“We are now offering the surplus to everyone. Depending on how this goes we might decide to offer it on a regular basis if we are promised that collection sites are deemed non-impactful and spread out to different reefs.”


This Australian live rock showcases an amazing diversity of life. How much unique biodiversity can you spy in this photo?

 

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Our rare and exclusive abalones

Our rare and exclusive abalones

We have had a ton of interest in our special Abalones. They sold out in less than a day. We expect more to be available soon. If you would like to be notified, please send us a message with your name and email to be added to the interest ilst.

These interesting animals are voracious algae eating machines.

Here's a recent article by Reefbuilders on our Abalones:

 

Rare Tropical Abalones Now Available from Unique Corals

You would think that large abalones would bulldoze around like a giant Turbo snail but we actually keep five inch specimens of the ass’s ear abalone, Haliotis asinina, and we are incredibly surprised at how delicately they move around the tank and in between the corals. These hardy gastropods live much longer than nearly all the typical cleanup snails and a single specimen can mow down as much tough algaes as an army of typical snails and despite having very flat shells they never flip over since they are always firmly attached to rocks or the tank walls.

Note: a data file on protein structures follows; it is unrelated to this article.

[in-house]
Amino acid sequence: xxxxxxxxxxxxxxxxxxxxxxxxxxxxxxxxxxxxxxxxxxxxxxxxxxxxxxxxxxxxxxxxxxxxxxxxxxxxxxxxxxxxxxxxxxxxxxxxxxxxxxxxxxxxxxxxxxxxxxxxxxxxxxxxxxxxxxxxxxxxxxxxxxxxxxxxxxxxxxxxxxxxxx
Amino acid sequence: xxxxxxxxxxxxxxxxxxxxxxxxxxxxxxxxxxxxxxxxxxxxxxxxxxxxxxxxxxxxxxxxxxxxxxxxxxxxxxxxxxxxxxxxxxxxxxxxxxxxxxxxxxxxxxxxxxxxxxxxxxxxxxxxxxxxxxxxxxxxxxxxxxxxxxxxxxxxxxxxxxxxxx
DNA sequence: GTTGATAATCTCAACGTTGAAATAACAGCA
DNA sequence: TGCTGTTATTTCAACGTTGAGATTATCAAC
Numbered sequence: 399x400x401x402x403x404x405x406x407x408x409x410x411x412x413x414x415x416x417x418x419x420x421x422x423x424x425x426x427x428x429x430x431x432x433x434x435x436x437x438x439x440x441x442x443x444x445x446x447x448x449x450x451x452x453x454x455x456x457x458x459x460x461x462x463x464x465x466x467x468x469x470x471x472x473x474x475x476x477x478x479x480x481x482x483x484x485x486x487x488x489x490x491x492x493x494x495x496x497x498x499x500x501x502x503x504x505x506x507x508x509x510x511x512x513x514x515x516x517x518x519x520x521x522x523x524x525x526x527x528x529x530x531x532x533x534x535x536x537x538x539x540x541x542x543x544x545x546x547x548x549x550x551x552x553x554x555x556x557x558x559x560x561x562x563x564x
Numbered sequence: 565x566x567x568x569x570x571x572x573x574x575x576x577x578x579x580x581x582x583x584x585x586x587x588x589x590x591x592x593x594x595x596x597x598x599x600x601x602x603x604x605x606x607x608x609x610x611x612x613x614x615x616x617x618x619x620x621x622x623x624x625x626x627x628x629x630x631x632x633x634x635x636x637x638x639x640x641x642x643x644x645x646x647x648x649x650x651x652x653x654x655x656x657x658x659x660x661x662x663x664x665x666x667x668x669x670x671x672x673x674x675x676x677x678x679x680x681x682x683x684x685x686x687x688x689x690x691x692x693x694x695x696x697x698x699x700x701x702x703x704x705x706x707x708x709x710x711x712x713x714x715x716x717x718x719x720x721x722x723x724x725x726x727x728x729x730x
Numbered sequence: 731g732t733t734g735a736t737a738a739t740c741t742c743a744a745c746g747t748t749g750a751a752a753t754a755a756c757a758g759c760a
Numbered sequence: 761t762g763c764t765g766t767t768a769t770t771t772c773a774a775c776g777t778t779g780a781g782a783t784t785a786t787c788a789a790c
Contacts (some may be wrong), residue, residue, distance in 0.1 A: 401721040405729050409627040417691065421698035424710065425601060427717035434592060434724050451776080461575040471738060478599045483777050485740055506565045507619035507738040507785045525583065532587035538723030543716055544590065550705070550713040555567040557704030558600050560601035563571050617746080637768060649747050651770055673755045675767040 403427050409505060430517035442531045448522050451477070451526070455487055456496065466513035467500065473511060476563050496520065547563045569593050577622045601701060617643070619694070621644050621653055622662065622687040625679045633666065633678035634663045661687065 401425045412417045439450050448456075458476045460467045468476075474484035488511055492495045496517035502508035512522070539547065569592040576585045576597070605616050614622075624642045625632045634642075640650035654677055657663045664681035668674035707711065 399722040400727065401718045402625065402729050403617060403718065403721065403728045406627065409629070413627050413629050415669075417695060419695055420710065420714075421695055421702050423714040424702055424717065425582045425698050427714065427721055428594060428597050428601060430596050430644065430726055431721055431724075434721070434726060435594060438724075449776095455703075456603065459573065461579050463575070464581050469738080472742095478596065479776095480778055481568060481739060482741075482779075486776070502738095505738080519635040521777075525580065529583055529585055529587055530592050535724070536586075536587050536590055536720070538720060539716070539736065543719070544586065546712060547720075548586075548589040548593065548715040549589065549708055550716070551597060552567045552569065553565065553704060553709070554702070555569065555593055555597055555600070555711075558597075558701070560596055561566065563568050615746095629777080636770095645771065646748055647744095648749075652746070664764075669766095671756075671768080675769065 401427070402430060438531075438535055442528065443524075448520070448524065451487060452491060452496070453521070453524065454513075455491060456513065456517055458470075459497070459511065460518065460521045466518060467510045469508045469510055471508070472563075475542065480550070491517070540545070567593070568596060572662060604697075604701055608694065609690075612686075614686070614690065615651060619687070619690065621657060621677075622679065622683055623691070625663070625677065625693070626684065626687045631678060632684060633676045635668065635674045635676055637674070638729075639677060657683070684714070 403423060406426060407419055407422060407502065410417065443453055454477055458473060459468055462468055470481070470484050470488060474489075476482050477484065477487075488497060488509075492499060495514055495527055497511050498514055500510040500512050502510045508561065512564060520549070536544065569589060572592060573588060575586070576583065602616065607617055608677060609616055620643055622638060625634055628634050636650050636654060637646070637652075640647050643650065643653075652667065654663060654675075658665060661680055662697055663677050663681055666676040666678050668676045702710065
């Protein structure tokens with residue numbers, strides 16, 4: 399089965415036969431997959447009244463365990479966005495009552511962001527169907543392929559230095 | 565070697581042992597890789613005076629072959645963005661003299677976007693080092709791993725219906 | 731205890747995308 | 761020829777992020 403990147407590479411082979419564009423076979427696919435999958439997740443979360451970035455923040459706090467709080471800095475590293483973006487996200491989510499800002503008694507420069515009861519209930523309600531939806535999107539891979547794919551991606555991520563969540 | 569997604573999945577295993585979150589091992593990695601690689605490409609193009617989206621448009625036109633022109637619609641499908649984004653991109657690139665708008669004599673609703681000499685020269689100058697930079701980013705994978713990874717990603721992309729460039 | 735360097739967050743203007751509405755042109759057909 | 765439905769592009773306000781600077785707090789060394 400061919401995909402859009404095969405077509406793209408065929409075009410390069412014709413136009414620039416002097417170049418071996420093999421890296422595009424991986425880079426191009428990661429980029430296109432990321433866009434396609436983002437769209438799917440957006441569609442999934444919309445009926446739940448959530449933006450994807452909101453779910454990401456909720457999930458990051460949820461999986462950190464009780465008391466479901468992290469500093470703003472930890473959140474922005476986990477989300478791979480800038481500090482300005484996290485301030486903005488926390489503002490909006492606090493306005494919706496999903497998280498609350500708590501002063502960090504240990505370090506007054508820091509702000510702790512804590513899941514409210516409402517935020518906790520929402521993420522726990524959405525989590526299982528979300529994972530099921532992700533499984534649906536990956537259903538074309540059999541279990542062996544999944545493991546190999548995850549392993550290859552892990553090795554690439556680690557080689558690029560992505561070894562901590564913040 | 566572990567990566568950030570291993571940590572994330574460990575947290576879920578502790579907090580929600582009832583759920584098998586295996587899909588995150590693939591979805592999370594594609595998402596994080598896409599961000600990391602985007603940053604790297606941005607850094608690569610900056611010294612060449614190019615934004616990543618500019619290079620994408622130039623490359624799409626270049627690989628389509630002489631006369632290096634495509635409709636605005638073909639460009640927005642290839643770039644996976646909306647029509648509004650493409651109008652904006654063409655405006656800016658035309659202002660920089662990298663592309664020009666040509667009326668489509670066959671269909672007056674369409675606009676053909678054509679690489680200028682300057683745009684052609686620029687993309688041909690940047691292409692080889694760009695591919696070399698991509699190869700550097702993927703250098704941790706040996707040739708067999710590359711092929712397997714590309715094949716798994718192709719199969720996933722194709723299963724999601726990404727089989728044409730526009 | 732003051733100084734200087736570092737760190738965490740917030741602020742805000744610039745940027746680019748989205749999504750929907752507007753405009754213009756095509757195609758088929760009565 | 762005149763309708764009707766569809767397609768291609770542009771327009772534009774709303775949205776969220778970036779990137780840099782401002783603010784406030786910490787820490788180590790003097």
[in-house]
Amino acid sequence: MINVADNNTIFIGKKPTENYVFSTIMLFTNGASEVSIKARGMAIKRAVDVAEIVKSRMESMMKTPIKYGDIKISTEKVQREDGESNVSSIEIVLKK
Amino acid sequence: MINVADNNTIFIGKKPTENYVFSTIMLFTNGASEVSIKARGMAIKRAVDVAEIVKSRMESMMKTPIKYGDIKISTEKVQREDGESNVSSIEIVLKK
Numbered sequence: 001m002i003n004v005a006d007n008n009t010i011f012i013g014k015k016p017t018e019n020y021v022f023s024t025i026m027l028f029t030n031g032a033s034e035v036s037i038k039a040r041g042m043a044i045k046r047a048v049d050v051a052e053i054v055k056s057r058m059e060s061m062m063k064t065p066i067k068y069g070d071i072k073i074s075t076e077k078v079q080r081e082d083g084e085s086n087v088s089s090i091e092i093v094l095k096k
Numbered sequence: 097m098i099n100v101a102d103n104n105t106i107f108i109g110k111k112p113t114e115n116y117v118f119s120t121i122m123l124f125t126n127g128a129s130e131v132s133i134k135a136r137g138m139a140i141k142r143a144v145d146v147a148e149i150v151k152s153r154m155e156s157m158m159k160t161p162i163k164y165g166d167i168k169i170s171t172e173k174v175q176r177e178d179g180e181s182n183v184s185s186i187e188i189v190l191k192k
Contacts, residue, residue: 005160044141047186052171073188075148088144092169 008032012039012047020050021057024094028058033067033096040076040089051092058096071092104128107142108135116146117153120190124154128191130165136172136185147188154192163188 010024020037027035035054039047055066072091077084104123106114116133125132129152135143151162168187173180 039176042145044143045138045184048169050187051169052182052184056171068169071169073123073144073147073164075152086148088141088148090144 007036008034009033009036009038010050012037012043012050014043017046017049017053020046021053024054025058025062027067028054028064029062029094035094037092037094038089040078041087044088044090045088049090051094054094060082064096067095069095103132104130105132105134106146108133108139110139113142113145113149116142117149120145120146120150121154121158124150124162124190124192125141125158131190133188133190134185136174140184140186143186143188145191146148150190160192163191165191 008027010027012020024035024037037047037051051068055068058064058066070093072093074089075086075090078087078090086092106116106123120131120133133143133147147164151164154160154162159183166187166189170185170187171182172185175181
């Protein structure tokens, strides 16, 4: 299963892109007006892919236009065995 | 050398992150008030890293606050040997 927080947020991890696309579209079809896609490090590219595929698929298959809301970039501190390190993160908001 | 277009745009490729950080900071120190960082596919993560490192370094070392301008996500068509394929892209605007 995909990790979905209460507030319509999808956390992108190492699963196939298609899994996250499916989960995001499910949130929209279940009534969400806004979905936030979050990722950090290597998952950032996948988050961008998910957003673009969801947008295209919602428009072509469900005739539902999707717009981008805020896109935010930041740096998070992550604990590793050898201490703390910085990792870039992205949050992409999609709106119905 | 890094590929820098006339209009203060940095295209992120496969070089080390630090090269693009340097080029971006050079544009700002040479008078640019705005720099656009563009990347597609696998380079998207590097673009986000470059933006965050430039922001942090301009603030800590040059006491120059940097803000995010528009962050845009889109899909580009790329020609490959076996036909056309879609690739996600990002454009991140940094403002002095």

We’ve been looking out for more abalones to spread throughout our tanks for nearly three years and for all the work they do and how long they live, the $20 retail price of the red shelled abalones is an incredible value. Besides all of the work they do abalones are very beautiful and interesting creatures and it’s always a fun surprise to see them cruising around the tank, carefully avoiding corals, constantly on the lookout for the next thick patch of algae to graze on. [Unique Corals]

 

 

 

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Latest ReefBuilders feature on UCSI

Latest ReefBuilders feature on UCSI

Solomon Island Acropora millepora Are Taking Over Unique Corals

 

 

Article by Jake Adams, at https://reefbuilders.com/2021/06/30/solomon-island-acropora-millepora-are-taking-over-unique-corals/

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Coral Magazine sits down with our Joe and discusses mushrooms